It’s always great to hear that one of your favorite snacks is actually good for you, and the evidence is definitely stacking up for the benefits of eating chocolate.
There’s an old expression, “A little of what you fancy does you good.” While the saying is credited to a vaudeville song – reportedly made famous by the risqué Victorian singer Marie Lloyd and speaking of the benefits of sex – when referring to chocolate, those words are increasingly becoming fact.
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Of course, everything is good in moderation, and this includes our favorite treat, but a study has shown that by eating a bar of chocolate every day we could actually reduce both heart disease and the risk of diabetes. In fact, the researchers who have been performing the study say healthcare professionals should recommend the habit of eating chocolate to their patients to keep them healthy.
Speaking of diabetes, previous studies in mice found that cocoa supplements actually reduced insulin resistance – incidences where cells in the body are unable to effectively use insulin, leading to high blood sugar. However, at that stage, while the results sounded good, reportedly researchers from the Luxembourg Institute of Health said the evidence of the effects of chocolate on insulin resistance was “lacking.”
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However, researchers went on to investigate the chocolate consumption habits of 1,153 people using data from the 2006 survey “Observation of Cardiovascular Risk” in Luxembourg. The researchers also took into account whether participants in the study drank tea or coffee. Reportedly, both drinks can often be high in polyphenol, a nutrient which is believed could give chocolate its beneficial effects on health.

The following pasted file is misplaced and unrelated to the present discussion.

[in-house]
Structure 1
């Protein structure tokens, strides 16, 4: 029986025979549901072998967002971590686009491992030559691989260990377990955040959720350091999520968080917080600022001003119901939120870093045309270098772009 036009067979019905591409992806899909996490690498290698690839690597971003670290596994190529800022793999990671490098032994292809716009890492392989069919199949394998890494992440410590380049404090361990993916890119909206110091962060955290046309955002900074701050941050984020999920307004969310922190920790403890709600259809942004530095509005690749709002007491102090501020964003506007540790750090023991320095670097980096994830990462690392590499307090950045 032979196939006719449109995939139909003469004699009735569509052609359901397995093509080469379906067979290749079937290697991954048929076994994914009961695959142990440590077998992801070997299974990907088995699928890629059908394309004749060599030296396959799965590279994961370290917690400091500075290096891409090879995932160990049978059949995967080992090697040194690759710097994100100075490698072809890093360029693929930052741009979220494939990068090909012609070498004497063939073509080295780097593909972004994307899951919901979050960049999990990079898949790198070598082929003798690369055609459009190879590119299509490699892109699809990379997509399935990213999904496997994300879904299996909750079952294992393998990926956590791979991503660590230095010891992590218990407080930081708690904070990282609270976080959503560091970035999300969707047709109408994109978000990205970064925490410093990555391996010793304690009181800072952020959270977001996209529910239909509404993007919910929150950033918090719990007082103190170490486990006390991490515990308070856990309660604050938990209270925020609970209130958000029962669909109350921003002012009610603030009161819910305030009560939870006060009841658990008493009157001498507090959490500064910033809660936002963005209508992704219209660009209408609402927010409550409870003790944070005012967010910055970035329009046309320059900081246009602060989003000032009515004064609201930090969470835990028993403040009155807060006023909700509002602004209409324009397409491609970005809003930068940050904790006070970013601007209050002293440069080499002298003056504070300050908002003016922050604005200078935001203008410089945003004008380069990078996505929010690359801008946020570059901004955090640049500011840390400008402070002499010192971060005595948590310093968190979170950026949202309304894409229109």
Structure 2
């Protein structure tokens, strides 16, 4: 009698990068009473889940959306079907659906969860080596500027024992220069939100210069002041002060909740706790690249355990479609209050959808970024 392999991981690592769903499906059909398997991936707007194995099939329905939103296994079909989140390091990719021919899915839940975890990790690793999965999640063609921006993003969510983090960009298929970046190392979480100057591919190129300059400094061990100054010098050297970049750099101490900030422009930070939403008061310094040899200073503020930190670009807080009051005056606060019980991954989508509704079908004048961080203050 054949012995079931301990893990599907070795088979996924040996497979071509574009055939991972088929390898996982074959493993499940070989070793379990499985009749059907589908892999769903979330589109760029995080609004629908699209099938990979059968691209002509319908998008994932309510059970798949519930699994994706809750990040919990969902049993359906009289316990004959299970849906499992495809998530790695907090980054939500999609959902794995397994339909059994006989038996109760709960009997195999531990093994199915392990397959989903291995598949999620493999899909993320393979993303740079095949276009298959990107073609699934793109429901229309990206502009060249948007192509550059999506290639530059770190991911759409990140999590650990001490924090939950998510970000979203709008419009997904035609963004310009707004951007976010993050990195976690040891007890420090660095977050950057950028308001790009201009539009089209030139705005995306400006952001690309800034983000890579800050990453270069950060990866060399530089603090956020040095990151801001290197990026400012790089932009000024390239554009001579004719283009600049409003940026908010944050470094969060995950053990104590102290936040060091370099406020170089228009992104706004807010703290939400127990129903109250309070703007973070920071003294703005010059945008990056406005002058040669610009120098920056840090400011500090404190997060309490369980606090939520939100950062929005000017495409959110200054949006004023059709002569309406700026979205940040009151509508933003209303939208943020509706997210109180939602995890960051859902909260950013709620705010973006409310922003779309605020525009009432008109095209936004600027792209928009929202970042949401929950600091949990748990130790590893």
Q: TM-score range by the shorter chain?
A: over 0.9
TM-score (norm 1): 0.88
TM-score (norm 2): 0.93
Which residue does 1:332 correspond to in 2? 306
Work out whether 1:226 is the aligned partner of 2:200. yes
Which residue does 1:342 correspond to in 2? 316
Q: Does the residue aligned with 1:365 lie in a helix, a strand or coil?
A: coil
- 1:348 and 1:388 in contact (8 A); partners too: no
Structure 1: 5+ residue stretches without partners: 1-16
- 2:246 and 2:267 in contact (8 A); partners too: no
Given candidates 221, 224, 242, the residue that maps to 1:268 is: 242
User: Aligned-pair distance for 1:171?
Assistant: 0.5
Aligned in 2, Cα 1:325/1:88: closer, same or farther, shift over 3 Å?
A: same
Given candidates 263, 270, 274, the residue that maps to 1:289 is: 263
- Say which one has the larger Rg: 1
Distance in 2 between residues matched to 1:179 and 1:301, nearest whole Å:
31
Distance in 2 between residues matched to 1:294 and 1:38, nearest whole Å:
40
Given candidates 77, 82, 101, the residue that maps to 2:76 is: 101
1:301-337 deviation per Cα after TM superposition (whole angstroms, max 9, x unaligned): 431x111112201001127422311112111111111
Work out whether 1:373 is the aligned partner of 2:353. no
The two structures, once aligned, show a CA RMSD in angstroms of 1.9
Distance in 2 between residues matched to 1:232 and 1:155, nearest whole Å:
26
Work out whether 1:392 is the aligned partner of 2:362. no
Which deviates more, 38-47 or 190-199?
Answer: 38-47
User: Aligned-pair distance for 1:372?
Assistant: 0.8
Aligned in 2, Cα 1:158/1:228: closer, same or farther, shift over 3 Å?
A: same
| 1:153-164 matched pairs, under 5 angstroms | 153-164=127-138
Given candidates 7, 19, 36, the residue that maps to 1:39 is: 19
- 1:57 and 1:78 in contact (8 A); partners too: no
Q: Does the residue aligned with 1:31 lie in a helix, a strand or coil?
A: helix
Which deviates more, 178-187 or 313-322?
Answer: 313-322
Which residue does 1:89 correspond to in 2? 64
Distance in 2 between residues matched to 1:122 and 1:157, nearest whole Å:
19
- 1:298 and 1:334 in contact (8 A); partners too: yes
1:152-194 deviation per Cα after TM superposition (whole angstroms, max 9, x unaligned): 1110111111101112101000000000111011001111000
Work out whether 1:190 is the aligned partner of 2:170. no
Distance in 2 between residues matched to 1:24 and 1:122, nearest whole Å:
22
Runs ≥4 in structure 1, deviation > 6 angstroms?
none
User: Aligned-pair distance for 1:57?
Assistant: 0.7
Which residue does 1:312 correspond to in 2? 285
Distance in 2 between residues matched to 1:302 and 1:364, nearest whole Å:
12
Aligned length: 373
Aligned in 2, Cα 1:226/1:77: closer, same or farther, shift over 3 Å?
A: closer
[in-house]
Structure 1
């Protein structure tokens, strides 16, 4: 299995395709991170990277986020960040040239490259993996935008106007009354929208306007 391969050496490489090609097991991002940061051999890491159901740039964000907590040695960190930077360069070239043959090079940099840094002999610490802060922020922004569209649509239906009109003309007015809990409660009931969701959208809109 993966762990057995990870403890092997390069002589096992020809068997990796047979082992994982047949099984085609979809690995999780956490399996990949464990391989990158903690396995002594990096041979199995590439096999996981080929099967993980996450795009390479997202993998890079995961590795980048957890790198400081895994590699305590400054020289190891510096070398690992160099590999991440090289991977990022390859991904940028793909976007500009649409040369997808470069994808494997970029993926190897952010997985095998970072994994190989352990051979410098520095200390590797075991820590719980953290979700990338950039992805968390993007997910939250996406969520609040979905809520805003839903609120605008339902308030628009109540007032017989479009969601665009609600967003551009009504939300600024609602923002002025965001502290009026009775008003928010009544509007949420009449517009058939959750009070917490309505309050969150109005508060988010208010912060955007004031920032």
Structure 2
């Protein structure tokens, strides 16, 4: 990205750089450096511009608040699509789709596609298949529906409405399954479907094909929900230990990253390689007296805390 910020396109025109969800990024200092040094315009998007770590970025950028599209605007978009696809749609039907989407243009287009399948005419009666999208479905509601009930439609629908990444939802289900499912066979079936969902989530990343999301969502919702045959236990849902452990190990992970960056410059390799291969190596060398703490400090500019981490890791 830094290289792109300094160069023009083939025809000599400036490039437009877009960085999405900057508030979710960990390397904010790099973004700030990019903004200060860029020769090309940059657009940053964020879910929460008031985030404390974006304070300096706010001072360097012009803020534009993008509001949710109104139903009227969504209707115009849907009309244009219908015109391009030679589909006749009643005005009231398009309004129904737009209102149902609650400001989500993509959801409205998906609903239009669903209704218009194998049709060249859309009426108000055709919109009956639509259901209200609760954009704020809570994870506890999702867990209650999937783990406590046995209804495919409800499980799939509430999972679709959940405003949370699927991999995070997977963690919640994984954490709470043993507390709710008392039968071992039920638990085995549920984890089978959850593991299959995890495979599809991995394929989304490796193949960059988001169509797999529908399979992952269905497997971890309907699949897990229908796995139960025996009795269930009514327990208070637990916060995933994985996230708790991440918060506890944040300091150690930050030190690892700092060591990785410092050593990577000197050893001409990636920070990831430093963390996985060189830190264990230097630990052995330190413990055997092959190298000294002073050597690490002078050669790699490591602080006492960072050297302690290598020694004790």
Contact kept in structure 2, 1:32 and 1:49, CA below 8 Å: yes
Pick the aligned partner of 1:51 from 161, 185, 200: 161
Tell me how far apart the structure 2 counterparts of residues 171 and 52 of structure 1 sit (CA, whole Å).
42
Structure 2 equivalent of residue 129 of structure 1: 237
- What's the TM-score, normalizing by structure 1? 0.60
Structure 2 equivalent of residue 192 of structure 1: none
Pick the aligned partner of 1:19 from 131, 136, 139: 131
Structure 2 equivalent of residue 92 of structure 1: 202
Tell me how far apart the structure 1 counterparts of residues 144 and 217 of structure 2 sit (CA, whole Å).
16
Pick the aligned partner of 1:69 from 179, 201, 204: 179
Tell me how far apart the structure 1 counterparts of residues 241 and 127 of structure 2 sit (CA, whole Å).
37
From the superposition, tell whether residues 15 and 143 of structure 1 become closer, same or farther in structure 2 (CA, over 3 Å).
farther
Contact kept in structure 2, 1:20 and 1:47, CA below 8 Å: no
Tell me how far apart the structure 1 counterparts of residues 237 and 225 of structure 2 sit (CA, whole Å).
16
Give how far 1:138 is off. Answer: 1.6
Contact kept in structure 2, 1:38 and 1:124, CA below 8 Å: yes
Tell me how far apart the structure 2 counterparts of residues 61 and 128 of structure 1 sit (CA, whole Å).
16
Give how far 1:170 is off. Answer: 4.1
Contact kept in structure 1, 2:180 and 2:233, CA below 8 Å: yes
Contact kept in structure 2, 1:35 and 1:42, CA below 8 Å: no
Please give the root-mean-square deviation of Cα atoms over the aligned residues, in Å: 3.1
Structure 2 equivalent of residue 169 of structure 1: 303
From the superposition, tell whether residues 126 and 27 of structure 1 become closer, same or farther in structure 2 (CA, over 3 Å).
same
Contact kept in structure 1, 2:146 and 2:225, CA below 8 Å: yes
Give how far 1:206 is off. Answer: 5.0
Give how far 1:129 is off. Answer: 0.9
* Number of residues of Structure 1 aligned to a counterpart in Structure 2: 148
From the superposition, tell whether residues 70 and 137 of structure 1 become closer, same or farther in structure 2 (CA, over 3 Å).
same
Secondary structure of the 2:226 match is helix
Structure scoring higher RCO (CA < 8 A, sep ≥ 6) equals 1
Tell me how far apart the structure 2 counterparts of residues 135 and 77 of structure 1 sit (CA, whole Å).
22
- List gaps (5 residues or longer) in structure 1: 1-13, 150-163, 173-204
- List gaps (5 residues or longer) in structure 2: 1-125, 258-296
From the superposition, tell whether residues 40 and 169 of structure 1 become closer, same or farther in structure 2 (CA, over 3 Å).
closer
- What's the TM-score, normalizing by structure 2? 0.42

The findings were published in the British Journal of Nutrition and after taking into account other dietary and lifestyle habits showed that people eating 100g of chocolate every day had reduced their insulin resistance and had improved liver enzymes.
It certainly sounds like a win-win situation, as Saverio Stranges, one of the researchers involved in the study, said, “Given the growing body of evidence, including our own study, cocoa-based products may represent an additional dietary recommendation to improve cardio-metabolic health.”
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Reportedly, reducing insulin resistance lowers the risk of high blood sugar, which then also reduces the higher risk of cardiovascular disease.
“Potential applications of this knowledge include recommendations by healthcare professionals to encourage individuals to consume a wide range of phytochemical-rich foods, which can include dark chocolate in moderate amounts,” Stranges said.
— Canadian Living (@canadianliving) April 28, 2016
According to a report by the International Business Times, while this all sounds well and good, Stranges does go on to emphasize the importance of differentiating between which chocolate products actually do the trick in protecting our health.
“However, it is important to differentiate between the natural product cocoa and the processed product chocolate, which is an energy-dense food. Therefore, physical activity, diet and other lifestyle factors must be carefully balanced to avoid detrimental weight gain over time.”
According to the research team, there is much more work to be done in the field to understand the role chocolate can play in reducing both diabetes and cardiovascular disease, with Stranges adding, “Observational results need to be supported by robust trial evidence.”
In the meantime, we can all run our own experiments, enjoying the best chocolate there is to be found on the market.